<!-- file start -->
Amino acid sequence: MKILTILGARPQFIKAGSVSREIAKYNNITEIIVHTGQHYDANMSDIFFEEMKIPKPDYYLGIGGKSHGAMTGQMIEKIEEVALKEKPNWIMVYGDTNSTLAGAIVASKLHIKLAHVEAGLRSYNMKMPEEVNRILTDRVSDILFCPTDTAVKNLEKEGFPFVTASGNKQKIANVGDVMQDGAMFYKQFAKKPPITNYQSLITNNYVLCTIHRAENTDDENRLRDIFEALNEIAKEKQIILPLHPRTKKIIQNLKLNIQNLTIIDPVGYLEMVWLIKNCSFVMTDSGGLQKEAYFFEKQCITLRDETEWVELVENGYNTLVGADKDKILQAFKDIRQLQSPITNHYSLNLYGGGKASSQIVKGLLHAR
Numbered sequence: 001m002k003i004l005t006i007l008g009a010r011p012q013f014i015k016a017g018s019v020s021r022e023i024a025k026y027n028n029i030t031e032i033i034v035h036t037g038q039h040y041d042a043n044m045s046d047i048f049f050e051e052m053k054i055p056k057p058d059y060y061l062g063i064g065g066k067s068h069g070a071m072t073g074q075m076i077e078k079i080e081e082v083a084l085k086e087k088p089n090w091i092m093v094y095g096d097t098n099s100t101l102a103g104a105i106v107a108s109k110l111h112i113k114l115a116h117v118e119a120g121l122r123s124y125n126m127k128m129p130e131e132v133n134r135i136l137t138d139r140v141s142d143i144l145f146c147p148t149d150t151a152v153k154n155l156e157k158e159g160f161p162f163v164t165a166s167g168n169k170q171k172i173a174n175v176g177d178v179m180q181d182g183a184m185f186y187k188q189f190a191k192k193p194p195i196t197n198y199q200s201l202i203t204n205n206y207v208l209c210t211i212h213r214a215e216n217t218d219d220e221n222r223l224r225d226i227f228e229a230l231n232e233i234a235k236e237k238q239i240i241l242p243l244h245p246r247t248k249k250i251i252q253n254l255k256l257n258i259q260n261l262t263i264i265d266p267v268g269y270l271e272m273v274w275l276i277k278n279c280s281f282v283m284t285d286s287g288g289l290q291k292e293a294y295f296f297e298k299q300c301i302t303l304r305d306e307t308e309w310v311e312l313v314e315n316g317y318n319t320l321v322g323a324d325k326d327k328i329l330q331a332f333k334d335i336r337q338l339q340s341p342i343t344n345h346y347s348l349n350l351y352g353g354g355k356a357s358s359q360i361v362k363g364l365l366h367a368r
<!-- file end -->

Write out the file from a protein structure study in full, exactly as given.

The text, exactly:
Amino acid sequence: MKILTILGARPQFIKAGSVSREIAKYNNITEIIVHTGQHYDANMSDIFFEEMKIPKPDYYLGIGGKSHGAMTGQMIEKIEEVALKEKPNWIMVYGDTNSTLAGAIVASKLHIKLAHVEAGLRSYNMKMPEEVNRILTDRVSDILFCPTDTAVKNLEKEGFPFVTASGNKQKIANVGDVMQDGAMFYKQFAKKPPITNYQSLITNNYVLCTIHRAENTDDENRLRDIFEALNEIAKEKQIILPLHPRTKKIIQNLKLNIQNLTIIDPVGYLEMVWLIKNCSFVMTDSGGLQKEAYFFEKQCITLRDETEWVELVENGYNTLVGADKDKILQAFKDIRQLQSPITNHYSLNLYGGGKASSQIVKGLLHAR
Numbered sequence: 001m002k003i004l005t006i007l008g009a010r011p012q013f014i015k016a017g018s019v020s021r022e023i024a025k026y027n028n029i030t031e032i033i034v035h036t037g038q039h040y041d042a043n044m045s046d047i048f049f050e051e052m053k054i055p056k057p058d059y060y061l062g063i064g065g066k067s068h069g070a071m072t073g074q075m076i077e078k079i080e081e082v083a084l085k086e087k088p089n090w091i092m093v094y095g096d097t098n099s100t101l102a103g104a105i106v107a108s109k110l111h112i113k114l115a116h117v118e119a120g121l122r123s124y125n126m127k128m129p130e131e132v133n134r135i136l137t138d139r140v141s142d143i144l145f146c147p148t149d150t151a152v153k154n155l156e157k158e159g160f161p162f163v164t165a166s167g168n169k170q171k172i173a174n175v176g177d178v179m180q181d182g183a184m185f186y187k188q189f190a191k192k193p194p195i196t197n198y199q200s201l202i203t204n205n206y207v208l209c210t211i212h213r214a215e216n217t218d219d220e221n222r223l224r225d226i227f228e229a230l231n232e233i234a235k236e237k238q239i240i241l242p243l244h245p246r247t248k249k250i251i252q253n254l255k256l257n258i259q260n261l262t263i264i265d266p267v268g269y270l271e272m273v274w275l276i277k278n279c280s281f282v283m284t285d286s287g288g289l290q291k292e293a294y295f296f297e298k299q300c301i302t303l304r305d306e307t308e309w310v311e312l313v314e315n316g317y318n319t320l321v322g323a324d325k326d327k328i329l330q331a332f333k334d335i336r337q338l339q340s341p342i343t344n345h346y347s348l349n350l351y352g353g354g355k356a357s358s359q360i361v362k363g364l365l366h367a368r